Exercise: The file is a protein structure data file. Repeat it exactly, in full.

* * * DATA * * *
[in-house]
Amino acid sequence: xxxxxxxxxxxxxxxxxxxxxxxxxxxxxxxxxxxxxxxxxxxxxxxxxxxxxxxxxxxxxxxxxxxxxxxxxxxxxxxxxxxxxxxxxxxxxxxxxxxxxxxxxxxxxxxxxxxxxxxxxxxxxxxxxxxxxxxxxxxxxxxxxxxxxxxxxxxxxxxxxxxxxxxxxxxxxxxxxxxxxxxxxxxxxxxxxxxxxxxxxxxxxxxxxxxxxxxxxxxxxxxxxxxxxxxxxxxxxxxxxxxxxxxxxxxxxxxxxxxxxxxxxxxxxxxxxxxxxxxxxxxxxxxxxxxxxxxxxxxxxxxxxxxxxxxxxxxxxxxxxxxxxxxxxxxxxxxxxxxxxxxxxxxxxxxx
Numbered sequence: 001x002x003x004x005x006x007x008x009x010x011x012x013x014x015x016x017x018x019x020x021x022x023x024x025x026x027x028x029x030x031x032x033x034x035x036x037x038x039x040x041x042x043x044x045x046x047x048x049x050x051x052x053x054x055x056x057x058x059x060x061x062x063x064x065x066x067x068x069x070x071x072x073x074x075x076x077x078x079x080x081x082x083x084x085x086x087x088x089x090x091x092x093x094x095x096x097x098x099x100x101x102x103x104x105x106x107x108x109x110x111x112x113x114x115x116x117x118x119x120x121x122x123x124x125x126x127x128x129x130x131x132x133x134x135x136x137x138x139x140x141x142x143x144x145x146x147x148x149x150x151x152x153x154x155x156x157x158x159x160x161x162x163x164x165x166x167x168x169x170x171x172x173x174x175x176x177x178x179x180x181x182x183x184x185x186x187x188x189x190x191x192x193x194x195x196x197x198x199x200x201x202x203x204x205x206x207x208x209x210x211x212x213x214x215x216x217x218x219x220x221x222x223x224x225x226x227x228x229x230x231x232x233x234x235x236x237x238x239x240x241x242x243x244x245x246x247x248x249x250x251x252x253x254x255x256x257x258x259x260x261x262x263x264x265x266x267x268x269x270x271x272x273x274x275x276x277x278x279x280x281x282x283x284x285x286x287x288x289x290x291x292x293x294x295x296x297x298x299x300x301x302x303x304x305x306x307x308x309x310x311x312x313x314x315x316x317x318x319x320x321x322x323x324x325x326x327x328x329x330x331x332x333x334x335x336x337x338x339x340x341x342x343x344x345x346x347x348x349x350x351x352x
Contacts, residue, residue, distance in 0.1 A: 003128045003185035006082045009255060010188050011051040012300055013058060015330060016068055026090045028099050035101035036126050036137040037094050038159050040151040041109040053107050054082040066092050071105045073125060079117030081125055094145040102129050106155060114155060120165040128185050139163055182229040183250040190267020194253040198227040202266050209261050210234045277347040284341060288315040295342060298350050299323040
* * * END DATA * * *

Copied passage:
[in-house]
Amino acid sequence: xxxxxxxxxxxxxxxxxxxxxxxxxxxxxxxxxxxxxxxxxxxxxxxxxxxxxxxxxxxxxxxxxxxxxxxxxxxxxxxxxxxxxxxxxxxxxxxxxxxxxxxxxxxxxxxxxxxxxxxxxxxxxxxxxxxxxxxxxxxxxxxxxxxxxxxxxxxxxxxxxxxxxxxxxxxxxxxxxxxxxxxxxxxxxxxxxxxxxxxxxxxxxxxxxxxxxxxxxxxxxxxxxxxxxxxxxxxxxxxxxxxxxxxxxxxxxxxxxxxxxxxxxxxxxxxxxxxxxxxxxxxxxxxxxxxxxxxxxxxxxxxxxxxxxxxxxxxxxxxxxxxxxxxxxxxxxxxxxxxxxxxxxxxxxxxx
Numbered sequence: 001x002x003x004x005x006x007x008x009x010x011x012x013x014x015x016x017x018x019x020x021x022x023x024x025x026x027x028x029x030x031x032x033x034x035x036x037x038x039x040x041x042x043x044x045x046x047x048x049x050x051x052x053x054x055x056x057x058x059x060x061x062x063x064x065x066x067x068x069x070x071x072x073x074x075x076x077x078x079x080x081x082x083x084x085x086x087x088x089x090x091x092x093x094x095x096x097x098x099x100x101x102x103x104x105x106x107x108x109x110x111x112x113x114x115x116x117x118x119x120x121x122x123x124x125x126x127x128x129x130x131x132x133x134x135x136x137x138x139x140x141x142x143x144x145x146x147x148x149x150x151x152x153x154x155x156x157x158x159x160x161x162x163x164x165x166x167x168x169x170x171x172x173x174x175x176x177x178x179x180x181x182x183x184x185x186x187x188x189x190x191x192x193x194x195x196x197x198x199x200x201x202x203x204x205x206x207x208x209x210x211x212x213x214x215x216x217x218x219x220x221x222x223x224x225x226x227x228x229x230x231x232x233x234x235x236x237x238x239x240x241x242x243x244x245x246x247x248x249x250x251x252x253x254x255x256x257x258x259x260x261x262x263x264x265x266x267x268x269x270x271x272x273x274x275x276x277x278x279x280x281x282x283x284x285x286x287x288x289x290x291x292x293x294x295x296x297x298x299x300x301x302x303x304x305x306x307x308x309x310x311x312x313x314x315x316x317x318x319x320x321x322x323x324x325x326x327x328x329x330x331x332x333x334x335x336x337x338x339x340x341x342x343x344x345x346x347x348x349x350x351x352x
Contacts, residue, residue, distance in 0.1 A: 003128045003185035006082045009255060010188050011051040012300055013058060015330060016068055026090045028099050035101035036126050036137040037094050038159050040151040041109040053107050054082040066092050071105045073125060079117030081125055094145040102129050106155060114155060120165040128185050139163055182229040183250040190267020194253040198227040202266050209261050210234045277347040284341060288315040295342060298350050299323040